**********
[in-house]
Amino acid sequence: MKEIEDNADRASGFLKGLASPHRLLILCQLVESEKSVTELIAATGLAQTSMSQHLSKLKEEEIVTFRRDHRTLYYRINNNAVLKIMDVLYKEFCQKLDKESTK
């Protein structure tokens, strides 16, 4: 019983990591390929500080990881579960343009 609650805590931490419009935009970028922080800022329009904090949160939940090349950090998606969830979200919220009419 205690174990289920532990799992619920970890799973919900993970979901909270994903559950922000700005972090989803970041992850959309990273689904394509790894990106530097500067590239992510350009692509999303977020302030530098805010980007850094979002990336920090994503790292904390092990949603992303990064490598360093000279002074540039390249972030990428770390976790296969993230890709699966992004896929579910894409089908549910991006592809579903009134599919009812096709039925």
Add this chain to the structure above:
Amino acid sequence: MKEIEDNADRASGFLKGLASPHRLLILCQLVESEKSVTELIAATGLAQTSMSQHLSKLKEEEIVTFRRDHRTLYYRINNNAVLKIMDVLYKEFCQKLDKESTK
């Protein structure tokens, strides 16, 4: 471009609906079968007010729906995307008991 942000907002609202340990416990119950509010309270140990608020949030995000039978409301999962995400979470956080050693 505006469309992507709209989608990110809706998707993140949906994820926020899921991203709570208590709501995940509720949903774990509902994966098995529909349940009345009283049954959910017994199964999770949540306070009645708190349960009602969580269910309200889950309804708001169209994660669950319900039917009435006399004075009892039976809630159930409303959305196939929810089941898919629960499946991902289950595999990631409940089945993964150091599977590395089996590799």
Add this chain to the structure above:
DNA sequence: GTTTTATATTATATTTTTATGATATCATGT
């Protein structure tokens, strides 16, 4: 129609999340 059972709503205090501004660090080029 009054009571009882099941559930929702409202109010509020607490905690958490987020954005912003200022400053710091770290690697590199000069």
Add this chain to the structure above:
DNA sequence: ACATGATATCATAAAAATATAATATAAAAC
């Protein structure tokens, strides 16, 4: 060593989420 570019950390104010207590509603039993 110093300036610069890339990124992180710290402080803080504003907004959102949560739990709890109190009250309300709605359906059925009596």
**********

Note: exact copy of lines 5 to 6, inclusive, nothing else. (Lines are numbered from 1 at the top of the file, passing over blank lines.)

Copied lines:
Amino acid sequence: MKEIEDNADRASGFLKGLASPHRLLILCQLVESEKSVTELIAATGLAQTSMSQHLSKLKEEEIVTFRRDHRTLYYRINNNAVLKIMDVLYKEFCQKLDKESTK
């Protein structure tokens, strides 16, 4: 471009609906079968007010729906995307008991 942000907002609202340990416990119950509010309270140990608020949030995000039978409301999962995400979470956080050693 505006469309992507709209989608990110809706998707993140949906994820926020899921991203709570208590709501995940509720949903774990509902994966098995529909349940009345009283049954959910017994199964999770949540306070009645708190349960009602969580269910309200889950309804708001169209994660669950319900039917009435006399004075009892039976809630159930409303959305196939929810089941898919629960499946991902289950595999990631409940089945993964150091599977590395089996590799």